Botswana seeks to exploit its coal reserves

Botswana will lift a moratorium on new prospecting licences for coal, coal-bed methane (CBM) and related minerals by the end of September, a government official said on Friday.

The Southern African nation had suspended new licences in June, pending finalisation of a new strategy for the coal sector.

Botswana’s Trade and Industry Minister Dorcas Makgato-Malesu said the suspension of licensing allowed the government to “go back to the drawing board, come up with a roadmap that is more strategic, more focused, more thought through, as it were, and aligned to the national vision and national strategy of diversifying”.

Botswana must also diversify from its diamond sector, which generates half of Botswana’s revenue and a third of gross domestic product, Makgato-Malesu, told a mining conference in Australia.

“We are on an aggressive agenda to intensify our economic diversification ... there’s more to Botswana than just diamonds,” Makgato-Malesu said.

“It’s important that we diversify from diamonds because it’s not a very good strategy not to diversify.”

Encouraging investment
Botswana’s Coal Roadmap, put together by consultancy Wood Mackenzie, is a strategy on how to optimise benefits from the country’s estimated 212-billion tonnes of coal reserves.

Exploration rights for coal and coal-bed methane are among the most popular licences sought in mineral-rich Botswana.

Demand peaked in 2009 when 50% of all prospecting licences were for exploring for coal, CBM and related minerals.

Botswana believes that its coal and gas reserves have the potential to grow into an industry as big as the diamond industry.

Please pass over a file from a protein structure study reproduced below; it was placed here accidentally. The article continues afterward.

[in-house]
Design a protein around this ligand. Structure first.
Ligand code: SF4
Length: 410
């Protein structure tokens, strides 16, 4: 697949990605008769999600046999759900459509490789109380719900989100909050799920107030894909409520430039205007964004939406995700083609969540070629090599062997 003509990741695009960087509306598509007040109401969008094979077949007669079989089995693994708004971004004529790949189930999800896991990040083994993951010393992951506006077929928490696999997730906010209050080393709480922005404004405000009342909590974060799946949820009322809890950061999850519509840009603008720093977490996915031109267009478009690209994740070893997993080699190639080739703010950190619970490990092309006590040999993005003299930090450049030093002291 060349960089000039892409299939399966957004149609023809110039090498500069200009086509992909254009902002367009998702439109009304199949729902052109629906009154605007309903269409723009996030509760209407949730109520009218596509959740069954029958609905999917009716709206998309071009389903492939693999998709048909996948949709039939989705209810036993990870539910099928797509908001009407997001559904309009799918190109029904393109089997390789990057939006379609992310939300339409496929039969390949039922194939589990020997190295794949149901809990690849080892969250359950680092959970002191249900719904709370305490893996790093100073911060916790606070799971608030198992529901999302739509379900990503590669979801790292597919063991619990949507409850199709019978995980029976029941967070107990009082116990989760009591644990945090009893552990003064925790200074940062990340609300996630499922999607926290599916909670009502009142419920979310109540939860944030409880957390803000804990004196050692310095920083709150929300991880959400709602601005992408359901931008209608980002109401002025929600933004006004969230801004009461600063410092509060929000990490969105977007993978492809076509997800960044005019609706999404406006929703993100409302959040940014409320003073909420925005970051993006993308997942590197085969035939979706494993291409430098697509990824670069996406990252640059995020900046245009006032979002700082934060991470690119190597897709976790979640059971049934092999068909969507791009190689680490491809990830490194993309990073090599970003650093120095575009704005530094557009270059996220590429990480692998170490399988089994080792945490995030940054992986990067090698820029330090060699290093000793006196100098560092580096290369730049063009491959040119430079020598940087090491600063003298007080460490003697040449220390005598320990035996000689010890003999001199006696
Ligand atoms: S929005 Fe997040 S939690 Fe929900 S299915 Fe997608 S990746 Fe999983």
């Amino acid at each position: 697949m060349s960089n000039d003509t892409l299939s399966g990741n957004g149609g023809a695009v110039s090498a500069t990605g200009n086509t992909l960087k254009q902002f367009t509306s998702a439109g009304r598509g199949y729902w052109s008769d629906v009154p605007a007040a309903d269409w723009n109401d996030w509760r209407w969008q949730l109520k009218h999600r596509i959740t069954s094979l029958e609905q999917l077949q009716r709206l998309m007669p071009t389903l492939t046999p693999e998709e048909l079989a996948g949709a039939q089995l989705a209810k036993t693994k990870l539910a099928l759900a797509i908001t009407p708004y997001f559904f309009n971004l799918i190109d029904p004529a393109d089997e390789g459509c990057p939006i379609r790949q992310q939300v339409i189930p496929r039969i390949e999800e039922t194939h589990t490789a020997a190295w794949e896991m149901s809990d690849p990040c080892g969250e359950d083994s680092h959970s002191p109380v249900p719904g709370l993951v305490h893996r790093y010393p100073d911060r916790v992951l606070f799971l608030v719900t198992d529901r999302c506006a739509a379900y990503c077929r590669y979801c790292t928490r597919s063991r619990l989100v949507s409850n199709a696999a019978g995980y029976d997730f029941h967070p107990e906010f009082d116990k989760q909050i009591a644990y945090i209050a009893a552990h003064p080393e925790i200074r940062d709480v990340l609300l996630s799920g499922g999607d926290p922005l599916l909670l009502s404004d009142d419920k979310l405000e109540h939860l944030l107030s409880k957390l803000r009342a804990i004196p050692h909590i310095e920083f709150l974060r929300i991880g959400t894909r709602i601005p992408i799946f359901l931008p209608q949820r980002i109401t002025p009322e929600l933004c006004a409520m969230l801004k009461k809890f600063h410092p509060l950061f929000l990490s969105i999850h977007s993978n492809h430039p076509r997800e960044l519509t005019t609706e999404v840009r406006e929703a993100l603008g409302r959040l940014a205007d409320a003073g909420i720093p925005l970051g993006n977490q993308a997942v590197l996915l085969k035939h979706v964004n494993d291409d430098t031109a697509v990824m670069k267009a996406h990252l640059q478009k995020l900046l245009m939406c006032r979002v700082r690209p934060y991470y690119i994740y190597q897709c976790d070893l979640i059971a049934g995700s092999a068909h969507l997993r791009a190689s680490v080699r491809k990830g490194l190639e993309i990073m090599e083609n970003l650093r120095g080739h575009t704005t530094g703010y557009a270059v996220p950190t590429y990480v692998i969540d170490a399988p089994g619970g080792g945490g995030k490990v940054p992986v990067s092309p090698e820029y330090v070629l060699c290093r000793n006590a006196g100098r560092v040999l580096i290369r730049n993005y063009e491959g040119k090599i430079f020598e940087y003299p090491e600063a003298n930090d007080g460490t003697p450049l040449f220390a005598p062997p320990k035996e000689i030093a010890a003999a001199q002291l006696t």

Makgato-Malesu, who was on a tour of several Australian cities to encourage investment in Botswana, indicated that the country would also be open to investment from China, Africa’s number one investor.

Chinese investment
“Investment is investment. As long as you have parameters that you have set up that are applicable to all, it then becomes irrelevant whether it’s Asian or whatever else,” Makgato-Malesu said.

“If the Chinese come into any investment destination and play upward into the rules, well and good.”

So far, China’s investment in Botswana has been largely in infrastructure and China has not ventured into mining in Botswana yet, she said.

Makgato-Malesu said Asia will likely be a key customer for its coal, as well as Europe, but added that African countries may also become significant consumers over time.

“A lot of the time, we look at Africa as a provider of resources ...
you also have to look at us as a consumer of the very resources that we produce,” she said.—Reuters

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